Thursday, November 17, 2011

Musical Fashion Icon – Gwen Stefani


Gwen Stefani’s influence on POP showWOMANship is underrated. She West-Coastified Madonna’s looks and sprinkled in some fairy dust, creating an image that was simultaneously sexy, cute, and cartoonish. She’s mixed sporty pieces, like cargo pants and sneakers, with more formal touches, like retrofied hair. Some might say that Gwen simply copied Madonna, but those people must realize that every fashion icon has been inspired by her/his glamcestors; Nicki Minaj borrows from Lady GaGa and Lil Kim, who have both been inspired by Madonna, Grace Jones, Annie Lennox, etc.  Madonna looked to David Bowie and Marilyn Monroe for inspiration, and Marilyn grew up admiring pictures of her idol, Jean Harlow.  I could go back even farther, unfolding Harlow’s inspirations.  There has been no evidence of carbon copying.  Every old touch has been accompanied by something fresh.  You might see the cone bra designed by Jean-Paul Gaultier and worn by Madonna on somebody else, but with modern modifications, including guns (Lady GaGa) or whipped cream cans (Katy Perry) tied to the bosom.  Everything is derived from something that came before, but with a bit of a modern twist; it’s an evolution, not a revolution.  Society takes steps forward, while keeping the past in the back of its brain.

Over the past few years, recent POP stars have taken inspiration from Princess Gwen, and it’s coming to a peak.  When Katy Perry launched onto the scene (a few months before anyone had heard of GaGa), many thought of her as a freshened up Madonna, playing with sexuality using 1940s hair and red lipstick.  What they didn't realize was that Gwen, not Madonna, was actually at the center of Katy’s image.  Ms. Perry has idolized the No Doubt front woman for years, loving her from the Don’t Speak days.  Katy has openly stated her admiration for Ms. Stefani’s combination of toughness and old-world glam.  Moreover, Katy even said that when she first arrived in Los Angeles, she met two POP stars, one of which was Gwen.  While the other (who went unnamed) was horribly rude, Gwen was especially kind and warm-hearted to Katy, who was, at that point, a struggling singer.

Even today, while promoting her perfume, Katy talks about how she looked to Gwen’s Harajuku Lovers’ bottle and overall product-line as a guide for her own.  (Note: the one thing that bothers me about Gwen is how she commodified harajuku girls for her solo music, stage show, and products. I find this to be cultural objectification, no matter how cute and pretty it is, and it’s really cute and pretty.)  When Katy first appeared in full-form, ready to sing I Kissed A Girl, she sported a style quite like Gwen’s in the late ’80 & early ‘90s, before No Doubt was signed to Interscope.  One of Ms. Perry’s 2008 outfits is reminiscent of one worn by Gwen when No Doubt performed at The Roxy in Los Angeles in 1989.  Gwen sported a tank top (which was to become one of her signature pieces) with a bright pink belt, poofy see-through skirt covering leggings decorated with red hearts and polka dots, knee-high socks with orange bows, and a bow in her hair. In the picture, Gwen can be seen with the red lips that nowadays, she’s rarely without.  Katy also has red lips and a bow in her hair, accompanied by a dress with a poofy skirt covered in grey and red sparkly polka dots. Notice that Katy’s hair has the retro curls that became a Stefani classic in the mid-90s through the noughties (my favorite decade name).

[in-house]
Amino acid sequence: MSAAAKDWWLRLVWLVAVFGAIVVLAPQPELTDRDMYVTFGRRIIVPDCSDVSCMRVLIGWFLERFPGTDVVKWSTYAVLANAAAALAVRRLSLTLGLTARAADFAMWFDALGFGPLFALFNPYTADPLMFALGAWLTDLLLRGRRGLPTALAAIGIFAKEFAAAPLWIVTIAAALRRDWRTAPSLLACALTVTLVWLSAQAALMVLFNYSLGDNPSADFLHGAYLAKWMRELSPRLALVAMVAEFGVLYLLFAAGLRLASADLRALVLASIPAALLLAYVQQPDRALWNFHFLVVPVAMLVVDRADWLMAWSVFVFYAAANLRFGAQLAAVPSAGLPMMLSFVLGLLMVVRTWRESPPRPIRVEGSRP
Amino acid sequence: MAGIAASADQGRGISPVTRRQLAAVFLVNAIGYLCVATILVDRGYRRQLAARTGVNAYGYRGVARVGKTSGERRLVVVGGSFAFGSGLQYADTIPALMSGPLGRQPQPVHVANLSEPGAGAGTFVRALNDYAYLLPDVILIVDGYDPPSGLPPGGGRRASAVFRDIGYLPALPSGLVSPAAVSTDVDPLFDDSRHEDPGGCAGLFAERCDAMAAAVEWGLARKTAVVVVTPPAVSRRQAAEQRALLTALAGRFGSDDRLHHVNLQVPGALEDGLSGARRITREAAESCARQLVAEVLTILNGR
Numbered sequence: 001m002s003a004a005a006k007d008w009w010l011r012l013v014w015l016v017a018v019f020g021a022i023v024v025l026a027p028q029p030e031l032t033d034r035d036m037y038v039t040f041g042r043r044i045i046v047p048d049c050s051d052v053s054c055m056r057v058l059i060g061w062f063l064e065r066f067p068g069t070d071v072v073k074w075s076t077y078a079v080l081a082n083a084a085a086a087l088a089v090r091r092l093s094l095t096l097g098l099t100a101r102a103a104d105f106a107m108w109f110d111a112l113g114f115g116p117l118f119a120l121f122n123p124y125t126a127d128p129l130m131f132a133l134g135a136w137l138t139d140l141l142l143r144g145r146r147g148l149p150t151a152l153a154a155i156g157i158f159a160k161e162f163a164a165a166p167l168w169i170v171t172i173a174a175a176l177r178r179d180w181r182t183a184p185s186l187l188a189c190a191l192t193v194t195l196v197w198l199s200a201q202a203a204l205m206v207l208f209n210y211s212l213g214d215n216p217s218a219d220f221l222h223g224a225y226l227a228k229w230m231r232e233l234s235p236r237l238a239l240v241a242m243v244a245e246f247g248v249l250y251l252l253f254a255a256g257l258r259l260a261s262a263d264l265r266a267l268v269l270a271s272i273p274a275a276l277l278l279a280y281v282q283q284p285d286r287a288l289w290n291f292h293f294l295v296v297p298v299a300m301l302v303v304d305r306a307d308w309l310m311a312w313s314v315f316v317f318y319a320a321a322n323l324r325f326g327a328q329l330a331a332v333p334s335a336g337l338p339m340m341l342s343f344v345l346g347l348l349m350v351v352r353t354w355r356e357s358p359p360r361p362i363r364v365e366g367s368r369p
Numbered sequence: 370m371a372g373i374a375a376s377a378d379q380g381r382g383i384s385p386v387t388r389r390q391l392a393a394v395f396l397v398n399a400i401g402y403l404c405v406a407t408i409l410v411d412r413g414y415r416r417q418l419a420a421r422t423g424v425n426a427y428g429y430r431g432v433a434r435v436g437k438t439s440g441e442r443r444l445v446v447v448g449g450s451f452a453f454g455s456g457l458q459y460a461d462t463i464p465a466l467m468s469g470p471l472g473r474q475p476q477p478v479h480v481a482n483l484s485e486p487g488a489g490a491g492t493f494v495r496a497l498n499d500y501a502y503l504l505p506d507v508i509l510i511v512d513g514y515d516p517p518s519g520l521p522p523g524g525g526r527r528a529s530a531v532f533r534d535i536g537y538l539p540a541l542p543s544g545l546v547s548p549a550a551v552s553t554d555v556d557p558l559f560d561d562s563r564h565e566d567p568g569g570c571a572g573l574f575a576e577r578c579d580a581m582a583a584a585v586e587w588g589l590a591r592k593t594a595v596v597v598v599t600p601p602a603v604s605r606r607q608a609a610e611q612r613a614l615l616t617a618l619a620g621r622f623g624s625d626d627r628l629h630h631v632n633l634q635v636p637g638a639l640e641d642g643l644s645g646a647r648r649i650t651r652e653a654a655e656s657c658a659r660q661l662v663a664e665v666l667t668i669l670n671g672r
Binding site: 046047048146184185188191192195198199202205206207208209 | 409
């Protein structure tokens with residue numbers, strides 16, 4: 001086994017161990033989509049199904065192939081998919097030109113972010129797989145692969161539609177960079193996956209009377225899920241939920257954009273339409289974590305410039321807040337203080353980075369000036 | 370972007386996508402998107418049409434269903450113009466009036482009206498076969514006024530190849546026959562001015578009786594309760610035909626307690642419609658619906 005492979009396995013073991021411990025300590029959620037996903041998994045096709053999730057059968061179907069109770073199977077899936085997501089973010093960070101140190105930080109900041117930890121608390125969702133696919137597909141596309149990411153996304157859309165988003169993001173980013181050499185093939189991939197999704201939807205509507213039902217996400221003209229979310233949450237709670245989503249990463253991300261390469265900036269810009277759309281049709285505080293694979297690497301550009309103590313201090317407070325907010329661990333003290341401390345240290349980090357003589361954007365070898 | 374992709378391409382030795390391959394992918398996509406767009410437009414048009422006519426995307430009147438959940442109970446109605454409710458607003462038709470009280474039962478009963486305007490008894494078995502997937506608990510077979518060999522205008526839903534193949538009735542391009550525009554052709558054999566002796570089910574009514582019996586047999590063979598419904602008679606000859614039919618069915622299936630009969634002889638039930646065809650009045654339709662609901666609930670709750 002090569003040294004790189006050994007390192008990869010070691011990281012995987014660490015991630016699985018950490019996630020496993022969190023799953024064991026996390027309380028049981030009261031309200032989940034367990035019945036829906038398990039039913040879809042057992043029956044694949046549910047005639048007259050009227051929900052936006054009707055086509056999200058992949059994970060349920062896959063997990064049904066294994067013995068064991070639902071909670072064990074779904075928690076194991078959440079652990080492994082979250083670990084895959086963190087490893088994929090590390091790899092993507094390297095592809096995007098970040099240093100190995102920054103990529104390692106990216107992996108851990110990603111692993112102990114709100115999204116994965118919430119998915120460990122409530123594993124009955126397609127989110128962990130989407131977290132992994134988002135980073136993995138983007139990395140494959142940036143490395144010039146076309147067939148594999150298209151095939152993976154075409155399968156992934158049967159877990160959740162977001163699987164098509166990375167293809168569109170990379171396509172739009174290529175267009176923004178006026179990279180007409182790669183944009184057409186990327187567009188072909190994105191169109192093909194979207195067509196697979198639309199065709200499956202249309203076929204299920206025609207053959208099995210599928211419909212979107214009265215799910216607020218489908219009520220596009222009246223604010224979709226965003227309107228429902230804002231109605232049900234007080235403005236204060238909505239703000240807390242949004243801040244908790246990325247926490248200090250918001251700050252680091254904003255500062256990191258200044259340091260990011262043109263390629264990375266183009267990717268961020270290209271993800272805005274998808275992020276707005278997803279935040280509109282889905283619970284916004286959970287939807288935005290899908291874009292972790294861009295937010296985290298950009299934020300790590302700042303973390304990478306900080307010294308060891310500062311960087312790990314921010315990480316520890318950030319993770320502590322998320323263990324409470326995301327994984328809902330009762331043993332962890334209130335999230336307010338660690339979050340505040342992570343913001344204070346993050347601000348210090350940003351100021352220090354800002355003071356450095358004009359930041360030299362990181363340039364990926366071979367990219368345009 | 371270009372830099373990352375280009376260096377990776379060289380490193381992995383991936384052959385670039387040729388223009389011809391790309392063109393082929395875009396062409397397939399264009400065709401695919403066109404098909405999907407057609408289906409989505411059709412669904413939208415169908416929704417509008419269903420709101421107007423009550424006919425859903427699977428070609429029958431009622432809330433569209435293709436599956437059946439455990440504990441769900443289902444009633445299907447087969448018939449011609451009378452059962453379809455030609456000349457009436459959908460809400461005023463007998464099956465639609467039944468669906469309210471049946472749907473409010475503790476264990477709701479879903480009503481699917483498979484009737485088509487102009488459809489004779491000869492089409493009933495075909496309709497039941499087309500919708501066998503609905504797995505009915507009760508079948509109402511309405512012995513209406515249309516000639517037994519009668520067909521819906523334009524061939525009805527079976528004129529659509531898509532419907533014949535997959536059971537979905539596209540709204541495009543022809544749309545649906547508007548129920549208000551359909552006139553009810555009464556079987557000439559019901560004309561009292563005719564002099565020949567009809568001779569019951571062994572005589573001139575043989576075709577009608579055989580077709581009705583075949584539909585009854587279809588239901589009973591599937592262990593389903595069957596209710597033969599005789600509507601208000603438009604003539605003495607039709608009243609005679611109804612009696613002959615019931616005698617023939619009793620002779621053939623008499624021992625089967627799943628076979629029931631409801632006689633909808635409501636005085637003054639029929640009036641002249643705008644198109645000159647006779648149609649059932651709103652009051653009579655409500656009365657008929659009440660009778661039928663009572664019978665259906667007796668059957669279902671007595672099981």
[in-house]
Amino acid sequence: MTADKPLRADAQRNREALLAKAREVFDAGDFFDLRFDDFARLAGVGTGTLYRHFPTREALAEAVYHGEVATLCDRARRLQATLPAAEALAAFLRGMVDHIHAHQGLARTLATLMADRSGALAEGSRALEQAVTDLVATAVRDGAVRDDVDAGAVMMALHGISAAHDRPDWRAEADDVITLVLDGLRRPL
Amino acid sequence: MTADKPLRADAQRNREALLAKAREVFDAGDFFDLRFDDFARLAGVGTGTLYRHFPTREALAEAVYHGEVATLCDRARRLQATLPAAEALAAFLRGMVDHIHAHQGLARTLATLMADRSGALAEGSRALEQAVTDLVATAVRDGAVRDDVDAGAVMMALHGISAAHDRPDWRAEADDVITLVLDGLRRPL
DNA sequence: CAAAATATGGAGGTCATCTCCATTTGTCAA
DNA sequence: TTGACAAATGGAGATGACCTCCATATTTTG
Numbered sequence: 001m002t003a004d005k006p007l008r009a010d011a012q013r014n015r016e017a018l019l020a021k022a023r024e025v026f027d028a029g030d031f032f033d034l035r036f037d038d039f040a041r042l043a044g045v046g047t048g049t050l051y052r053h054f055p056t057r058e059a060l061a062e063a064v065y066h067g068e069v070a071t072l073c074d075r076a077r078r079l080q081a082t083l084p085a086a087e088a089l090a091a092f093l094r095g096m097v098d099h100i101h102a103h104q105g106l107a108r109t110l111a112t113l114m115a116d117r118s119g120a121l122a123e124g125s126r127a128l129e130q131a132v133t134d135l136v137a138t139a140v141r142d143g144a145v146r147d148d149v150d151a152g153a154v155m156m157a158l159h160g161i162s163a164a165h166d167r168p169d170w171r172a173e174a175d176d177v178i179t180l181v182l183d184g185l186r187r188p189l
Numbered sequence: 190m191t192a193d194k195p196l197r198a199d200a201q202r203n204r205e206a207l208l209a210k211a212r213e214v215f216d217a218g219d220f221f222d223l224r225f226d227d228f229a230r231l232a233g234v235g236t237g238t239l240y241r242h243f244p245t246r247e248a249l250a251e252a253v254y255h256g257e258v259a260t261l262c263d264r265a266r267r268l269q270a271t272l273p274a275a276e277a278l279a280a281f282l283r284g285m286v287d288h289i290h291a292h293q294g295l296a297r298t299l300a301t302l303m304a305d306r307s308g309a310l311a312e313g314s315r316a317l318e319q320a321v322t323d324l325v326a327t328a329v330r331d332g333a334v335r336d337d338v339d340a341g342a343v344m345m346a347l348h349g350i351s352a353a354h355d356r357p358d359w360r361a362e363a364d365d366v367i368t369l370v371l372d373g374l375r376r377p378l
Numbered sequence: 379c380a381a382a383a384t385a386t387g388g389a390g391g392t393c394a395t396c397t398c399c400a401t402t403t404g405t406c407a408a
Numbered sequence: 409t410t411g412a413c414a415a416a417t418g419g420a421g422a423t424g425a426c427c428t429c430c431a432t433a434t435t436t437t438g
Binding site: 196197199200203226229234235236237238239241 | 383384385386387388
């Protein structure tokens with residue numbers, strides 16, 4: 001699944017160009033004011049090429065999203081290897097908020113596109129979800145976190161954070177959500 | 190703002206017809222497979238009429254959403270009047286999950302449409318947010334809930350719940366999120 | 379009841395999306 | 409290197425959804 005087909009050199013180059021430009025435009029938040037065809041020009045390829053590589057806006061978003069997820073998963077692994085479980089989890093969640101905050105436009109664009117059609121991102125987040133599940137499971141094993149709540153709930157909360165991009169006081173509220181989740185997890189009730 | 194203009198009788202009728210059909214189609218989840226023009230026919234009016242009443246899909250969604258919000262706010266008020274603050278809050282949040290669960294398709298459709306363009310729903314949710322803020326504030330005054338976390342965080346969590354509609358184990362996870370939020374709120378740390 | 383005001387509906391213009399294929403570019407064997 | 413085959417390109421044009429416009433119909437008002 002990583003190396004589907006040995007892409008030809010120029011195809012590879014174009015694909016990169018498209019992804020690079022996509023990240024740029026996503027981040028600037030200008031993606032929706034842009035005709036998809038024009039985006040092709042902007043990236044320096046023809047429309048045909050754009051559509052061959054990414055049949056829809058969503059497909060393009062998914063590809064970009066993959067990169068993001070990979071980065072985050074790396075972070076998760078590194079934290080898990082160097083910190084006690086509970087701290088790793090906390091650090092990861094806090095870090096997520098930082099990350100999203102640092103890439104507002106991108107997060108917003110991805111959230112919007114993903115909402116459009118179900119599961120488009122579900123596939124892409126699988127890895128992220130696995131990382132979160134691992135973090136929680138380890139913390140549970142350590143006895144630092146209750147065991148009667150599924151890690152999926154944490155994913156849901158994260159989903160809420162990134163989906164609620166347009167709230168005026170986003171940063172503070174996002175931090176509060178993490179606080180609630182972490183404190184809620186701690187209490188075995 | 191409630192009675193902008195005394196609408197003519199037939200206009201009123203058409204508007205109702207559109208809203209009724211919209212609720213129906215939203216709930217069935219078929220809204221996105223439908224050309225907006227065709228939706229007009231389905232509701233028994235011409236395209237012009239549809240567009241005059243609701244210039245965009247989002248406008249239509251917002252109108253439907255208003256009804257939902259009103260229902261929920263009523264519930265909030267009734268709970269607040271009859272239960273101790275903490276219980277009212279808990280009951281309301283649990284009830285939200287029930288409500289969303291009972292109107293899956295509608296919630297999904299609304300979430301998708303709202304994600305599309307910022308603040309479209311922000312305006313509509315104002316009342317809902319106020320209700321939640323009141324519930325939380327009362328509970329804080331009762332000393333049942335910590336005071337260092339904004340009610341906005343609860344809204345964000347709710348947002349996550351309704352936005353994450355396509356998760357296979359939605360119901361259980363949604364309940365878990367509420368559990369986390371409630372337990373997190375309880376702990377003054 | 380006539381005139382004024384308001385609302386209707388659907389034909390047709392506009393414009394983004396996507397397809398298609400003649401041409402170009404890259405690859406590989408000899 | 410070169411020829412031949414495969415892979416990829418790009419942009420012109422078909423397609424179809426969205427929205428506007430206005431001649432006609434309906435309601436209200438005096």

Later, while shooting her California Gurls video, Katy infused the cotton candy Alice in Wonderland vibe previously used by Gwen in her What You Waiting For? video.  Recently, Katy’s been sporting some GORGEOUS pink locks. Who was the first to do that? Oh yeah, Gwen, circa 1999/2000. When I look at the beautiful photo of Katy with pink hair (shown below), I get the feeling she’s pretending to be her favorite superstar as she stares off into the distance.

While promoting their most recent albums, Katy and her best POP gal pal, Rihanna, both wore colorful latex dresses, originally donned by Gwen in the mid-90s. If you look below, you'll notice Gwen’s is a tad looser, but shines brightly in an eye-POPping red. In the S&M video, Rihanna’s is pink with a bright orange bow, a standard Stefani accessory.  Katy accompanies her latex with with a colorful rainbow ring and bracelet, which is quite like the one worn by Gwen.